Do you want to unpack the gas and air, just in case we need it for the final stretch? In my view, Nurse, if mother's doing well, you don't want to upset the applecart by waving it under her nose.
Um, I'll go down to the tap, fill the bucket.
The placenta will come soon, Tripti.
It's only been half an hour, and it can take up to an hour.
This water's perfect for Baby's bath.
We can't keep feeding the meter just to keep it on the simmer.
We've got candles for if the gas runs out, but would YOU be able to bath Baby now, Sister Evangelina? No, you know I don't handle newborns any more.
I made a rule, and I'm sticking by it.
But this room isn't very warm and the water may go cold while I wait with Tripti, and we may put off cleaning Baby.
It would be very helpful if you stepped in.
Oh! I think this young lady has been here before Maybe not in this continent, maybe not in weather like this, but she's been here.
Come on, little girl.
Bad-oop, bad-oop, bad-oop! That's it.
I hope your mummy's got some vests for you to wear underneath your pretty clothes.
Go and see to Mother, Nurse Gilbert.
Baby and I are getting along .
just fine.
Would you like some tea and toast, Sister Evangelina? I reckon we've earned more than toast.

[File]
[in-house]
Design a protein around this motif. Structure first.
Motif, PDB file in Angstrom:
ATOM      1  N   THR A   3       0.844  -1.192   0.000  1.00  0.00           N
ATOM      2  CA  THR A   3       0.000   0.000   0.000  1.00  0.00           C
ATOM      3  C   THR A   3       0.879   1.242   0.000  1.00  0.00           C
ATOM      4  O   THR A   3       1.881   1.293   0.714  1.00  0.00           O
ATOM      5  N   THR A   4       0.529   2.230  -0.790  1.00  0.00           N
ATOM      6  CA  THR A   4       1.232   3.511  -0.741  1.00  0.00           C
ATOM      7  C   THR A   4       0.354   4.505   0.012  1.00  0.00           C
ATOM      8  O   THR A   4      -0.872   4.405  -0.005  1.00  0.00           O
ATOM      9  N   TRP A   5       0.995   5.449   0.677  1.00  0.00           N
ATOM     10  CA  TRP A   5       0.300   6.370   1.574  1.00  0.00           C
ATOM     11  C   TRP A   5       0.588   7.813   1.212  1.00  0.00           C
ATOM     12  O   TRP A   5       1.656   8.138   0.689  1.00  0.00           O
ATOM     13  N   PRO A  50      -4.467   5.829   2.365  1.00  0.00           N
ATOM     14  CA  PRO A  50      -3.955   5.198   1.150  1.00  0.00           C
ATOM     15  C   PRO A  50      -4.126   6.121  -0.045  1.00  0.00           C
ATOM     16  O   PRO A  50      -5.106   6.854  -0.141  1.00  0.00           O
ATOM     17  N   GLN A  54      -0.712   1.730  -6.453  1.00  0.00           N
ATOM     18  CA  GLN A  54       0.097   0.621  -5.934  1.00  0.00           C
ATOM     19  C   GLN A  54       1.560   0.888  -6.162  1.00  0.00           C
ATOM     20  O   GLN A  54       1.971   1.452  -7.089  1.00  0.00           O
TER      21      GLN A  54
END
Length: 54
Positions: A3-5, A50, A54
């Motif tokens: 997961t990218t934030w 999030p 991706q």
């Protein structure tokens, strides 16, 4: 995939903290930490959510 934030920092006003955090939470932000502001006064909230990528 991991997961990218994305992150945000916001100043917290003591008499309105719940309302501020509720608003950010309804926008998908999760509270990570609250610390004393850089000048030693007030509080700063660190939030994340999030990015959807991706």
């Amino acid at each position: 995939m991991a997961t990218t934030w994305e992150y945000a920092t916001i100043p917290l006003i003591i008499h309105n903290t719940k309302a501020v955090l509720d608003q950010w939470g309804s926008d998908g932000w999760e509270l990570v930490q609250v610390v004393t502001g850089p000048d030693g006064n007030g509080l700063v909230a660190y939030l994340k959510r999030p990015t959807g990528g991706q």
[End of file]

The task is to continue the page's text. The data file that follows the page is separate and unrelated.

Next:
There's half a chocolate-button cake in a tin in the bottom cupboard.
Have a look at the back, behind the All-Bran.
There's none left.
I fear our noble friends, the rats, must have been there in advance of us.
Oh, yes, those special rats that can open tins and only live in convent kitchens(!) Oh! Cocoa-flavoured buttercream and a rogue splinter of chocolate button? You are slipping up, Sister.
You missed a bit! I chanced upon some water biscuits.
They have no lure for rats.
Do you still want a cup of tea? Suppose I shall have to settle for one, seeing as it's the only sustenance I'm going to get! I'll bring it over.
Oh! Oh! Here you are, Sister.
Keep the chill off you while you wait.
Thank you.